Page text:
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Am J Obstet Gynecol. 2001 Jun;184(7):1521-32; discussion 1532-4.

Variation in elective primary cesarean delivery by patient and hospital factors.

Author information

1
Cedars-Sinai Medical Center Burns and Allen Research Institute, the Department of Obstetrics and Gynecology, and Women's Health Services Research, University of California, Los Angeles School of Medicine, 90048, USA.

Abstract

OBJECTIVE:

Our purpose was to describe variation in elective primary cesarean rates by nonclinical factors.

STUDY DESIGN:

With use of California discharge data and American Hospital Association data for 1995, patients were classified into 13 mutually exclusive categories for elective primary cesarean delivery. With use of recursive partitioning algorithms, women in each category were then studied to determine whether nonclinical factors were associated with elective primary cesarean delivery.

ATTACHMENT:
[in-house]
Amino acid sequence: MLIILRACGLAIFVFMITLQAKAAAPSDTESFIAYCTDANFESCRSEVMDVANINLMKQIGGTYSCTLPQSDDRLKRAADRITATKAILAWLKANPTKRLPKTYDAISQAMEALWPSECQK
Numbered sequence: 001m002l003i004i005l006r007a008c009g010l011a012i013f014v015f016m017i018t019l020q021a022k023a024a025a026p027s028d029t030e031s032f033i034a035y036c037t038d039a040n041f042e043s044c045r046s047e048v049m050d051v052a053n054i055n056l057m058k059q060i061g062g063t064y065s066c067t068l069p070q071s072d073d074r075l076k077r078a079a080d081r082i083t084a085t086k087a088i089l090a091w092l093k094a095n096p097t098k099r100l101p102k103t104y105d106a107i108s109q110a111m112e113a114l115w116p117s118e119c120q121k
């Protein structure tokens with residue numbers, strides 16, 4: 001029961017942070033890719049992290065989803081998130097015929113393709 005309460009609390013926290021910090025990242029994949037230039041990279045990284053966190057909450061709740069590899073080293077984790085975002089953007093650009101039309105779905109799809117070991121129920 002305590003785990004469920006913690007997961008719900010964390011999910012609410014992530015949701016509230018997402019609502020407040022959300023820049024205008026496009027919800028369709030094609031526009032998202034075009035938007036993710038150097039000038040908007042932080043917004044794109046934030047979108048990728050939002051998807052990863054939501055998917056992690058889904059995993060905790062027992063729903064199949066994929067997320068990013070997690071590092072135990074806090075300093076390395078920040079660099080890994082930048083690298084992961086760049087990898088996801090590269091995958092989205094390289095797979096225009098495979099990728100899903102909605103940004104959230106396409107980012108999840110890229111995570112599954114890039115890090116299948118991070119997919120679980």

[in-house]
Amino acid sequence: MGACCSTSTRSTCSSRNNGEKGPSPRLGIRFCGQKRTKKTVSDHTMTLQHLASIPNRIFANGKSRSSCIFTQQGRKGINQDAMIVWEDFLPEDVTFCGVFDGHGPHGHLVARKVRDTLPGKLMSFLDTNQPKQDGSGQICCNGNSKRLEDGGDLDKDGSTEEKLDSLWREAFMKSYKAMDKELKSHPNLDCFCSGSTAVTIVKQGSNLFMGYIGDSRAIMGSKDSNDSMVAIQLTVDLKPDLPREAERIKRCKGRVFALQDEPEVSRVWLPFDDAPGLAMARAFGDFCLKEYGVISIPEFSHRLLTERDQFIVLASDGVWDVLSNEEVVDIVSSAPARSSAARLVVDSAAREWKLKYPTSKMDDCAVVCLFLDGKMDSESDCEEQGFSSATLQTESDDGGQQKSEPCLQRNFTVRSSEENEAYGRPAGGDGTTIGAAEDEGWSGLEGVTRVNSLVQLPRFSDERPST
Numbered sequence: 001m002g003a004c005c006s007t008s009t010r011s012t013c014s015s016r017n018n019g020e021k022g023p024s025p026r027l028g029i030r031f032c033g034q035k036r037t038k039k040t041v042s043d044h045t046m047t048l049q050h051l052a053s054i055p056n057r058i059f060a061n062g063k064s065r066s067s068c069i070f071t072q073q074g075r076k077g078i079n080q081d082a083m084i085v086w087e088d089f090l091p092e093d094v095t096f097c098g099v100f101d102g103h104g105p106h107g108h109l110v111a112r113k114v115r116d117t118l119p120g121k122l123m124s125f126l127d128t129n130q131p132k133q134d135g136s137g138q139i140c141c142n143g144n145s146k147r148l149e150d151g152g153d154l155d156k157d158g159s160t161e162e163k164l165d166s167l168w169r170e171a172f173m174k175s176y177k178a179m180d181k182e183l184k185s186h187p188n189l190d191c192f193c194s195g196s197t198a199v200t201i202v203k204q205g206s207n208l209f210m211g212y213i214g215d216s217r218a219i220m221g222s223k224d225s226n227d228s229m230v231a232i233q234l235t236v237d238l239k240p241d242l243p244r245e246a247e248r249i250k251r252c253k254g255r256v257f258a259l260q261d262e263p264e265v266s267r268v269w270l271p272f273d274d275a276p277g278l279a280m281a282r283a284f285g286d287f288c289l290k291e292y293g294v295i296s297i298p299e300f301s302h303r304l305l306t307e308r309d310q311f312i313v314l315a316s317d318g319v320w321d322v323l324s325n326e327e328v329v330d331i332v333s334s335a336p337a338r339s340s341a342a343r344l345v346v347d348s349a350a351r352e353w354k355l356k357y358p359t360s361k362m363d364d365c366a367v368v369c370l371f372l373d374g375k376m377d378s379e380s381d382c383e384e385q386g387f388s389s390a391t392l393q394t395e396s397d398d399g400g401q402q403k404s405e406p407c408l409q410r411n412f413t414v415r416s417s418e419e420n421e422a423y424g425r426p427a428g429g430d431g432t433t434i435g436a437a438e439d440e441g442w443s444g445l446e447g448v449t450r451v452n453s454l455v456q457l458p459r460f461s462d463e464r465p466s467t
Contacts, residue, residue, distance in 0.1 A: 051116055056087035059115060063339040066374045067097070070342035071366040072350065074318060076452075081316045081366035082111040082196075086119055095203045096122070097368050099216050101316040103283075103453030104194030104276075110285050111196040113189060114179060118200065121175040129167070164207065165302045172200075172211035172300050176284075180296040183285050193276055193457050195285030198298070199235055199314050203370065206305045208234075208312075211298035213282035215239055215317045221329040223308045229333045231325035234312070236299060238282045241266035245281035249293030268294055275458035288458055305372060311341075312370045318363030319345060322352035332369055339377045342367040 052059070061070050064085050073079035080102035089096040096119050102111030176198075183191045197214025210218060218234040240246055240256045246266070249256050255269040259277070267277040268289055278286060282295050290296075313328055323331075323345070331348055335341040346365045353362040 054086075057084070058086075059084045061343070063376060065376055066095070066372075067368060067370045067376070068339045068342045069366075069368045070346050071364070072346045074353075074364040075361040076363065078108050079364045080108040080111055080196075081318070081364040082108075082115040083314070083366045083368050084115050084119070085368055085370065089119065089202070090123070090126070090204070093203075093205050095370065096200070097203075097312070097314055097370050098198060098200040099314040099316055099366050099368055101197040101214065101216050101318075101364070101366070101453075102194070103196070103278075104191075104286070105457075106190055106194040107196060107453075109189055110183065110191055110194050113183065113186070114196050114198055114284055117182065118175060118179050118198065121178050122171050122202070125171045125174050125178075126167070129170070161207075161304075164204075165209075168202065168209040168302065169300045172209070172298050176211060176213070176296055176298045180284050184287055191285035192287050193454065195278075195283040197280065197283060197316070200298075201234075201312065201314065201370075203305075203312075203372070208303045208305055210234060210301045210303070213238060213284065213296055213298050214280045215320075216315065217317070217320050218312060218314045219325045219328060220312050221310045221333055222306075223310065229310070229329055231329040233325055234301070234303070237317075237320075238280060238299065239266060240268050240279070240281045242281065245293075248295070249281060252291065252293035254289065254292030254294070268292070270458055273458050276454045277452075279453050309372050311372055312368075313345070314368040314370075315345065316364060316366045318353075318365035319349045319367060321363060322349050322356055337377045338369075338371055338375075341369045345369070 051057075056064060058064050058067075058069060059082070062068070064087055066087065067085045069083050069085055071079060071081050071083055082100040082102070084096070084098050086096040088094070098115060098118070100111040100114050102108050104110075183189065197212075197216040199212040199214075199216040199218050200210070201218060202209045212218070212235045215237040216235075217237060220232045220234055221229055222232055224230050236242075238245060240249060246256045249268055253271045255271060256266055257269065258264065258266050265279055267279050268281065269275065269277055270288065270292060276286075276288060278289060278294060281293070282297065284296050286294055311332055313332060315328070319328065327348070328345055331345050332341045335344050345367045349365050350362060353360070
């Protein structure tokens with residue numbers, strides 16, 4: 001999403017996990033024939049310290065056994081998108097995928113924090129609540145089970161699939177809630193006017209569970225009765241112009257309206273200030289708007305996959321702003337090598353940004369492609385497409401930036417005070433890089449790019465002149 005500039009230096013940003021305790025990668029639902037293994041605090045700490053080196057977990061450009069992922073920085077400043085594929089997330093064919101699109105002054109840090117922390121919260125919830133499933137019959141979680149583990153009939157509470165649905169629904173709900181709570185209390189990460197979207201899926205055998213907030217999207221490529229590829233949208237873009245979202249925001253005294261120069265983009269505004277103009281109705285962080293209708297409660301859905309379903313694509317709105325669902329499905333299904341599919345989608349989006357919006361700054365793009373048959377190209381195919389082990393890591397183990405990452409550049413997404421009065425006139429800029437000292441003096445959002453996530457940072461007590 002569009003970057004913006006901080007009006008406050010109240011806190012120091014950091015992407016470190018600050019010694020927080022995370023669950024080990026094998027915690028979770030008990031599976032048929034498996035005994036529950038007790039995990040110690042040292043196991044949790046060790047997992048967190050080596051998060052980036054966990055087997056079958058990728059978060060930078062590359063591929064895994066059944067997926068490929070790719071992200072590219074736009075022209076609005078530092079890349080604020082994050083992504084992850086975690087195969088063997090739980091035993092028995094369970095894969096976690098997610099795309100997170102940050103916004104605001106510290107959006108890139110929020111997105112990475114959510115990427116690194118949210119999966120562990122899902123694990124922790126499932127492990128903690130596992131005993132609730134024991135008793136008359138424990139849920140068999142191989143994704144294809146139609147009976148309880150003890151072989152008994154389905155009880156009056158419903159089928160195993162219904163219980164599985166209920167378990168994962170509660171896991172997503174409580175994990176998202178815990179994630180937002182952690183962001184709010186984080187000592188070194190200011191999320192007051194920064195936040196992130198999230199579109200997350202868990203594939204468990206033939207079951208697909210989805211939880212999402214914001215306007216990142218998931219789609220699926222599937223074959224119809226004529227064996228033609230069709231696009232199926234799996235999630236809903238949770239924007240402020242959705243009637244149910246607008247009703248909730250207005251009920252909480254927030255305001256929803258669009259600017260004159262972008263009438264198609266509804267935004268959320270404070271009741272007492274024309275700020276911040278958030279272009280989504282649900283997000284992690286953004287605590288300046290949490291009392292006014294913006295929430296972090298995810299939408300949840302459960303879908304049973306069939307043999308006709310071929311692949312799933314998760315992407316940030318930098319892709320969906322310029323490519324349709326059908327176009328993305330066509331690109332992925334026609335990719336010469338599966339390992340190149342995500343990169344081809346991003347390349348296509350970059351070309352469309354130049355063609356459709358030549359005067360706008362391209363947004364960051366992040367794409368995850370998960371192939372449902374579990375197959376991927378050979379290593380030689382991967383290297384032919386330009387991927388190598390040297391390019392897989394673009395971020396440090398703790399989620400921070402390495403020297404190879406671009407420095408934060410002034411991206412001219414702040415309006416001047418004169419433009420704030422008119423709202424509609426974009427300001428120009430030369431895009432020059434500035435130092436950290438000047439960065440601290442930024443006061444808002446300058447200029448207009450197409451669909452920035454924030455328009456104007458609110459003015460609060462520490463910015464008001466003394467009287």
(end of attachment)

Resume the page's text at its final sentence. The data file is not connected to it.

RESULTS:

A total of 463,196 women were delivered at 288 hospitals, and the elective primary cesarean delivery rate was 4.25% (19,664/463,196). Risk for elective primary cesarean delivery varied by clinical condition. The most discriminant risk factors were hospital type (malpresentation, multiple gestation, macrosomia, other hypertension), maternal age (antepartum bleeding, uterine scar, soft tissue disorder, preterm, unspecified), and teaching status (herpes, severe hypertension, unengaged head).

CONCLUSION:

This article presents methods that use administrative data to isolate and monitor the impact of nonclinical factors on the use of elective primary cesarean.

PMID:
11408876
DOI:
10.1067/mob.2001.115496
[Indexed for MEDLINE]

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